Senior US and North Korean diplomats began talks on Pyongyang's controversial nuclear programme on Thursday, in the first substantive contact between the two nations since leader Kim Jong-Il died.
Glyn Davies, coordinator for US policy on North Korea, and other officials met with a delegation from Pyongyang headed by veteran negotiator Kim Kye-Gwan for talks on denuclearisation, non-proliferation and humanitarian aid.
Davies will attempt to seek clarity on what policies North Korea's new and untested leader Kim Jong-Un plans for his nation and try to work with Pyongyang to resume multilateral talks aimed at ending its nuclear weapons programme.
"My hope is that we can find a way to move forward with the North, because it's in everyone's interest to try to get onto the next phase, which will be six-party talks," Davies told reporters Wednesday after landing in Beijing.
North Korea abandoned the six-nation talks in April 2009 because of what it described as US hostility, and conducted a nuclear test the following month to international condemnation.
The negotiations are chaired by China and also include Japan, the two Koreas, Russia and the United States.
Thursday's talks between the North and the United States are the third since July. The two sides were scheduled to meet in December, but the plan was shelved after Kim's death on December 17 and the subsequent transition of power to his son Kim Jong-Un.
"What precisely his (Kim Jong-Un's) policies are, in what direction he wants to take his country -- all of these are unknowns at this stage," Davies said.
"I find it a positive sign that relatively soon after the beginning of the transition in North Korea, the DPRK (Democratic People's Republic of Korea) has chosen to get back to the table with us. That's a good thing."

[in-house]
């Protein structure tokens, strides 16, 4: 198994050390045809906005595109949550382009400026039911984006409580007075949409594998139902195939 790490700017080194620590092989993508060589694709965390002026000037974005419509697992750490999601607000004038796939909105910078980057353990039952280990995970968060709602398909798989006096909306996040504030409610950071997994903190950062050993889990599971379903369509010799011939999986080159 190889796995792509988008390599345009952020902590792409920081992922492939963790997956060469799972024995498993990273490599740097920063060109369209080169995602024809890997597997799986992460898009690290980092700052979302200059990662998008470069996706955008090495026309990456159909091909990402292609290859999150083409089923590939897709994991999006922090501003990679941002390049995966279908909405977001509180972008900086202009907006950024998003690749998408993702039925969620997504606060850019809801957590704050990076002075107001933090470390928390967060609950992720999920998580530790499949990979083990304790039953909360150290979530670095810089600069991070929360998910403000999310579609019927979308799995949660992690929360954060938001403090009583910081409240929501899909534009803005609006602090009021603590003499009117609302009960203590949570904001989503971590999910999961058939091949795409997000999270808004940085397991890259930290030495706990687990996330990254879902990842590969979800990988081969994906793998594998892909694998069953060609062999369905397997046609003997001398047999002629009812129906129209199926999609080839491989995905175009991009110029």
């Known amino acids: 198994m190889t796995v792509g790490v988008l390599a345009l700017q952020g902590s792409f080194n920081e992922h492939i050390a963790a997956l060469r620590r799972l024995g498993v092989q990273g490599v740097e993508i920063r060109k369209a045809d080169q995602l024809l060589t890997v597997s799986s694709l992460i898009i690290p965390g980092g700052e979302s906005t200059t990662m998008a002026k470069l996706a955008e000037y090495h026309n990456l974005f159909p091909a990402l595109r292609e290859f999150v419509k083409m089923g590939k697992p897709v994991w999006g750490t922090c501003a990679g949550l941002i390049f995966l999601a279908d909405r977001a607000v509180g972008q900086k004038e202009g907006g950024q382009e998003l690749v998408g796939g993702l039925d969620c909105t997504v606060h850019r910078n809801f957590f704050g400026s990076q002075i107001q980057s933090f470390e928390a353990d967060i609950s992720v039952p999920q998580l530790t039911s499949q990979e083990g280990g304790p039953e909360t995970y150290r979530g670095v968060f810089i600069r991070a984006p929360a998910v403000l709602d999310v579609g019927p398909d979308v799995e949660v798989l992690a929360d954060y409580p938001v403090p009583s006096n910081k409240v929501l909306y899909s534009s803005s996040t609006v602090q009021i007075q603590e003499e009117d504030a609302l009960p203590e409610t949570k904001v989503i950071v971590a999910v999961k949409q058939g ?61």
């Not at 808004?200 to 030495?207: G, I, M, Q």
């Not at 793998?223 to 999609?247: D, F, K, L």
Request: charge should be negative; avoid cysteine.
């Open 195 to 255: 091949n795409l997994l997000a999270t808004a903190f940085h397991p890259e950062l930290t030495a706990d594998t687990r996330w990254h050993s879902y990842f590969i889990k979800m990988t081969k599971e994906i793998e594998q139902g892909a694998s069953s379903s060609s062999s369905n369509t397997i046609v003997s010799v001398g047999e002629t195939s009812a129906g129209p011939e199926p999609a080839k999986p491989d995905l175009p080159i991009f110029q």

Analysts say Pyongyang -- which has said it wants to return to the six-party talks, albeit without any preconditions -- may be eager to resume discussions with Washington to show the regime is operating as it was before Kim's death.
The United States has been exploring a resumption of the talks but insists that Pyongyang take steps to shut down its uranium enrichment facilities and ease tensions with South Korea before restarting the multilateral forum.
Analysts suggest that if North Korea agrees to these preconditions, the United States will also pledge to provide much-needed food assistance to the impoverished country.
China -- North Korea's main ally -- is also keen for the six-party talks to resume, and foreign ministry spokesman Hong Lei on Wednesday said Beijing hoped the bilateral meetings would create conditions for their early resumption.
"China is willing to work with all parties to continue to play a constructive role for this," he said.
Davies, who is accompanied by Clifford Hart -- US special envoy for the six-party talks -- will also meet his Chinese counterpart Wu Dawei on his trip to China, before leaving on Saturday for South Korea.